And Carlos Ruiz, whose signature hot dog I’d eaten a couple days earlier in Reading:

citizens-bank-park-carlos-ruiz

Partway through the game, I could see action in the Chicago bullpen and went over for a closer look. Of course, I couldn’t get into the closed-off area I showed earlier, but I could stand in Ashburn Alley and get a pretty good view of Donnie Veal warming up:

donnie-veal-chicago-white-sox-bullpen

And Addison Reed chilling on the steps by himself:

addison-reed-chicago-white-sox-bullpen

The game was breezing right along; in the eighth inning, Antonio Bastardo (who’s since been suspended in the Biogenesis case) came in to pitch and I went back up to the Budweiser Rooftop for this perfect view:

citizens-bank-park-cf-view

Late in the game, the sky opened much in the same way it had the night before at Yogi Berra Stadium. Before long, this was the view from the concourse, where I’d run to take shelter:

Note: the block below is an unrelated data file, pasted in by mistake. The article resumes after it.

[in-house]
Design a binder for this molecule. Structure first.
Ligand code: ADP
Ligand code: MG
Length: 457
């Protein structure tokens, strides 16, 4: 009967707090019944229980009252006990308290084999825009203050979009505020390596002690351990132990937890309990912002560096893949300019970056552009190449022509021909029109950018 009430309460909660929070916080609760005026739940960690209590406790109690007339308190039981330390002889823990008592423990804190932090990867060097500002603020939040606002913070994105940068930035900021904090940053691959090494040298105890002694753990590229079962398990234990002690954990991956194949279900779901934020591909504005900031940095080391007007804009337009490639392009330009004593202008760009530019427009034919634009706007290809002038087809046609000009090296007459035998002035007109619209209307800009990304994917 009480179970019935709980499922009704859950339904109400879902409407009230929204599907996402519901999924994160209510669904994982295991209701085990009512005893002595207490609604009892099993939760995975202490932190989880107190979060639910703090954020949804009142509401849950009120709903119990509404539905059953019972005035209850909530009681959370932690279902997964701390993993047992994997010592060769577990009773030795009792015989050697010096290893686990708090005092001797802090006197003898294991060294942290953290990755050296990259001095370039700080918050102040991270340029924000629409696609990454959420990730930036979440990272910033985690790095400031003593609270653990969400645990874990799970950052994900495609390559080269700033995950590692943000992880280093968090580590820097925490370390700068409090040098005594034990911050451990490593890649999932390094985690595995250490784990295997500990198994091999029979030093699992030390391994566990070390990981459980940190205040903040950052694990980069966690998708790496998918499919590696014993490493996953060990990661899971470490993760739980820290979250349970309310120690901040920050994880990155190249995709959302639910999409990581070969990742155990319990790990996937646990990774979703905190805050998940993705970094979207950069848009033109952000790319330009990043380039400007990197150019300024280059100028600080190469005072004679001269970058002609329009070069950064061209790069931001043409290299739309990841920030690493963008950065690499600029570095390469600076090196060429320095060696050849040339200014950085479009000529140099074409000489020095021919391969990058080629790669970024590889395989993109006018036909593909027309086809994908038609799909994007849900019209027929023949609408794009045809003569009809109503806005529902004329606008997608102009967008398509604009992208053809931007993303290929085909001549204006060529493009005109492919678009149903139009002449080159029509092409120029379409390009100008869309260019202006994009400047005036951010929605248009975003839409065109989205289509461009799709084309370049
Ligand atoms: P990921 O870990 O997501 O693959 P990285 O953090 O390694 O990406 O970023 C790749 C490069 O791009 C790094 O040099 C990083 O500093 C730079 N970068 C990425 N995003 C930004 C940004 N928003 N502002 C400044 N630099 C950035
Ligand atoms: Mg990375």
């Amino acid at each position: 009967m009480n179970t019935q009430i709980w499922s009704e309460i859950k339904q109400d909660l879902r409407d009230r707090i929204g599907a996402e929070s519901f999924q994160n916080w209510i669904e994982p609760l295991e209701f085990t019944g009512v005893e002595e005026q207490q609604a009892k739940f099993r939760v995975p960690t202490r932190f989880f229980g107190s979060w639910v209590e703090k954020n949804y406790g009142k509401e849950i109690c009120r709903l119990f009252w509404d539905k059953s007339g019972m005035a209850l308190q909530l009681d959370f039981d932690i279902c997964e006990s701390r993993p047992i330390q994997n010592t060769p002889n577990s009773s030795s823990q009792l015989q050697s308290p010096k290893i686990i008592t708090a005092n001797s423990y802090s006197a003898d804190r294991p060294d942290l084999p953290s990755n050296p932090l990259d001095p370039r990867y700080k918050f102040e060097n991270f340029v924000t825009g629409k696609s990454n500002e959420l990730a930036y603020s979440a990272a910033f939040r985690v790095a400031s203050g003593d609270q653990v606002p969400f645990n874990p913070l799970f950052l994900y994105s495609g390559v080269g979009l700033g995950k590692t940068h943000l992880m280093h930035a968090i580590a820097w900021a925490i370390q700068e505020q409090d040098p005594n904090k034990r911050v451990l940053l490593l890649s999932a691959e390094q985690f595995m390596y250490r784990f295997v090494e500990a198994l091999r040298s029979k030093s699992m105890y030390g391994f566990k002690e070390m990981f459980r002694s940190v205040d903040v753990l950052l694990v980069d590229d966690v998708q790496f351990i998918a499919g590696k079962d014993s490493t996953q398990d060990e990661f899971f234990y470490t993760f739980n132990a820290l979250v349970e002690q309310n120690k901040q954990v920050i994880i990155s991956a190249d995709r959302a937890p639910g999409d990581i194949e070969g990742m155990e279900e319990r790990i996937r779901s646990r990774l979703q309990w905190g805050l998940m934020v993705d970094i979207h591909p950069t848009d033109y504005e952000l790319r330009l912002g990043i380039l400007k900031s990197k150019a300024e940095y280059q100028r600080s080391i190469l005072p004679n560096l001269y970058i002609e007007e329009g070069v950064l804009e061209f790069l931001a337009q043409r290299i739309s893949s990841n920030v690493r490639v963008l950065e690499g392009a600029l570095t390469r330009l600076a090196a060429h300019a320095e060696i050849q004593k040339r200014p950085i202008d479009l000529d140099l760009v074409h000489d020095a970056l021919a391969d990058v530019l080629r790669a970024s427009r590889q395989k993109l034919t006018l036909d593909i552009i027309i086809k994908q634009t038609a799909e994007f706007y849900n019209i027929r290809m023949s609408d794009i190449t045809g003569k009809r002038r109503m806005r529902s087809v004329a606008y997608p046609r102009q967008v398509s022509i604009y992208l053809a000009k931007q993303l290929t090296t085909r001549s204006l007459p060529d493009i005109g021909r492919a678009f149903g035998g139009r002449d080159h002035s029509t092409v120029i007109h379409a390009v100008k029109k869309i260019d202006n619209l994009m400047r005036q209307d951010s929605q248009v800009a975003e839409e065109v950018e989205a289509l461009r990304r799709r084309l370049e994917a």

citizens-bank-park-rain-delay-tarp

I wasn’t the only person with this idea — take a look at just how congested things were during the 41-minute rain delay:

citizens-bank-park-crowded-concourse

Once the sky cleared up again, the game resumed but went to extra innings. (Just what players forced to play a doubleheader hope for, right?) Chicago won 5-4 in the 11th. The nightcap also went into extra innings before the Phillies won 2-1 in the 13th to bring the day’s total to 24 innings. In those two games, Domonic Brown went a combined 0-for-9. Ouch.